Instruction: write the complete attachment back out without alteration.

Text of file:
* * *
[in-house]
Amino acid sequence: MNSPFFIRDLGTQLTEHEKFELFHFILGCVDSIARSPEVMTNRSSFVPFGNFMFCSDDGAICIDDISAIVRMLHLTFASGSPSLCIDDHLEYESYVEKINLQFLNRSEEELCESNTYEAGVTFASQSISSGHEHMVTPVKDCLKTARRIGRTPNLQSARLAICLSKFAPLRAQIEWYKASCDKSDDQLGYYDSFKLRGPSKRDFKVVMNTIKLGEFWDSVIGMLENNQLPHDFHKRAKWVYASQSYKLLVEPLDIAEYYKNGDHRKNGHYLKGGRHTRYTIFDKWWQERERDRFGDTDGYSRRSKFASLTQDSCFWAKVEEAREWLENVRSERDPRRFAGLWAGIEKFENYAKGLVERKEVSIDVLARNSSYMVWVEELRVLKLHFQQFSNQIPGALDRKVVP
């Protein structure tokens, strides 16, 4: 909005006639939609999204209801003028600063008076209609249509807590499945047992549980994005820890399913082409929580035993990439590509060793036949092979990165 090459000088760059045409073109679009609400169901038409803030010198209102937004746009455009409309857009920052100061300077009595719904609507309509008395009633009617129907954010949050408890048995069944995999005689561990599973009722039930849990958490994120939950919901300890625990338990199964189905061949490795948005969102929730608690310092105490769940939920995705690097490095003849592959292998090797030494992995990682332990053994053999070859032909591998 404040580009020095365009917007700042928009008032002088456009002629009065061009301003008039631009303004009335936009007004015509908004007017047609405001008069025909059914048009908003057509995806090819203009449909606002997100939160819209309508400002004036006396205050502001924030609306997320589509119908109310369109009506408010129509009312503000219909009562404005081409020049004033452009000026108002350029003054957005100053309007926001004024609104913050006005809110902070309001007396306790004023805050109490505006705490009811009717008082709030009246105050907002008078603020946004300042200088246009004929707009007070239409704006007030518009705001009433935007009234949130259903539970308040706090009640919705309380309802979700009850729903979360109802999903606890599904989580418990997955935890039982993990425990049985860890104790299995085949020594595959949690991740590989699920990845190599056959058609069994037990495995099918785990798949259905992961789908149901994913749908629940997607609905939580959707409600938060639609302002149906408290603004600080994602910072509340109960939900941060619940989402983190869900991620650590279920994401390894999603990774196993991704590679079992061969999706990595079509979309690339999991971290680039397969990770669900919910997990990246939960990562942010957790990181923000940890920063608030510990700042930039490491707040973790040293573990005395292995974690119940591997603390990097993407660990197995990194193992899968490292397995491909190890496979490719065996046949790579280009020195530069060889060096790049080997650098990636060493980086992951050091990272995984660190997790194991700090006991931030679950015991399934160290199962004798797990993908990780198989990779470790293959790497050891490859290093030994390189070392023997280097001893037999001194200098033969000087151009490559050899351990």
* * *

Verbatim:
[in-house]
Amino acid sequence: MNSPFFIRDLGTQLTEHEKFELFHFILGCVDSIARSPEVMTNRSSFVPFGNFMFCSDDGAICIDDISAIVRMLHLTFASGSPSLCIDDHLEYESYVEKINLQFLNRSEEELCESNTYEAGVTFASQSISSGHEHMVTPVKDCLKTARRIGRTPNLQSARLAICLSKFAPLRAQIEWYKASCDKSDDQLGYYDSFKLRGPSKRDFKVVMNTIKLGEFWDSVIGMLENNQLPHDFHKRAKWVYASQSYKLLVEPLDIAEYYKNGDHRKNGHYLKGGRHTRYTIFDKWWQERERDRFGDTDGYSRRSKFASLTQDSCFWAKVEEAREWLENVRSERDPRRFAGLWAGIEKFENYAKGLVERKEVSIDVLARNSSYMVWVEELRVLKLHFQQFSNQIPGALDRKVVP
């Protein structure tokens, strides 16, 4: 909005006639939609999204209801003028600063008076209609249509807590499945047992549980994005820890399913082409929580035993990439590509060793036949092979990165 090459000088760059045409073109679009609400169901038409803030010198209102937004746009455009409309857009920052100061300077009595719904609507309509008395009633009617129907954010949050408890048995069944995999005689561990599973009722039930849990958490994120939950919901300890625990338990199964189905061949490795948005969102929730608690310092105490769940939920995705690097490095003849592959292998090797030494992995990682332990053994053999070859032909591998 404040580009020095365009917007700042928009008032002088456009002629009065061009301003008039631009303004009335936009007004015509908004007017047609405001008069025909059914048009908003057509995806090819203009449909606002997100939160819209309508400002004036006396205050502001924030609306997320589509119908109310369109009506408010129509009312503000219909009562404005081409020049004033452009000026108002350029003054957005100053309007926001004024609104913050006005809110902070309001007396306790004023805050109490505006705490009811009717008082709030009246105050907002008078603020946004300042200088246009004929707009007070239409704006007030518009705001009433935007009234949130259903539970308040706090009640919705309380309802979700009850729903979360109802999903606890599904989580418990997955935890039982993990425990049985860890104790299995085949020594595959949690991740590989699920990845190599056959058609069994037990495995099918785990798949259905992961789908149901994913749908629940997607609905939580959707409600938060639609302002149906408290603004600080994602910072509340109960939900941060619940989402983190869900991620650590279920994401390894999603990774196993991704590679079992061969999706990595079509979309690339999991971290680039397969990770669900919910997990990246939960990562942010957790990181923000940890920063608030510990700042930039490491707040973790040293573990005395292995974690119940591997603390990097993407660990197995990194193992899968490292397995491909190890496979490719065996046949790579280009020195530069060889060096790049080997650098990636060493980086992951050091990272995984660190997790194991700090006991931030679950015991399934160290199962004798797990993908990780198989990779470790293959790497050891490859290093030994390189070392023997280097001893037999001194200098033969000087151009490559050899351990």